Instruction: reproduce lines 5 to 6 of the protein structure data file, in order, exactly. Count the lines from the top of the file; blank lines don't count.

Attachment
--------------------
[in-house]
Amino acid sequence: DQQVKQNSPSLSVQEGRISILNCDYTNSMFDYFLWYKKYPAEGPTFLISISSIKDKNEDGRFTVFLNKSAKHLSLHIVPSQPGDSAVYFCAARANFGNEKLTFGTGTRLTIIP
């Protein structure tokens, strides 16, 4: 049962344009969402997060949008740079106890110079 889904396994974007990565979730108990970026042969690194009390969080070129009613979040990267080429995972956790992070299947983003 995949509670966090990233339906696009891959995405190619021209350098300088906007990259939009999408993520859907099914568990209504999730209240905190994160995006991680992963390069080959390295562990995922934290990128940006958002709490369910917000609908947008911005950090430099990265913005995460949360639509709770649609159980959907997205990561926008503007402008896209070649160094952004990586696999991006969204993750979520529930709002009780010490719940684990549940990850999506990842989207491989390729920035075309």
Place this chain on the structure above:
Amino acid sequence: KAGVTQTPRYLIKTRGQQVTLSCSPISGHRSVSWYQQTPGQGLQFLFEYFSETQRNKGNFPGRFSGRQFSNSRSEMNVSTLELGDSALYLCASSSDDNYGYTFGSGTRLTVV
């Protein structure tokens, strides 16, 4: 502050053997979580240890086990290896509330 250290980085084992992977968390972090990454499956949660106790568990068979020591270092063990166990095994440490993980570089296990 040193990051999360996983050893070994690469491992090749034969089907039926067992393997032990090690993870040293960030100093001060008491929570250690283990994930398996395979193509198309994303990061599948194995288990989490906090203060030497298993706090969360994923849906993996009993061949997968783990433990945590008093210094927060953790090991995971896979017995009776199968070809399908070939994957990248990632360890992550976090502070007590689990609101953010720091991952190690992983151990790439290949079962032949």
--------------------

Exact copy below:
Amino acid sequence: KAGVTQTPRYLIKTRGQQVTLSCSPISGHRSVSWYQQTPGQGLQFLFEYFSETQRNKGNFPGRFSGRQFSNSRSEMNVSTLELGDSALYLCASSSDDNYGYTFGSGTRLTVV
């Protein structure tokens, strides 16, 4: 502050053997979580240890086990290896509330 250290980085084992992977968390972090990454499956949660106790568990068979020591270092063990166990095994440490993980570089296990 040193990051999360996983050893070994690469491992090749034969089907039926067992393997032990090690993870040293960030100093001060008491929570250690283990994930398996395979193509198309994303990061599948194995288990989490906090203060030497298993706090969360994923849906993996009993061949997968783990433990945590008093210094927060953790090991995971896979017995009776199968070809399908070939994957990248990632360890992550976090502070007590689990609101953010720091991952190690992983151990790439290949079962032949």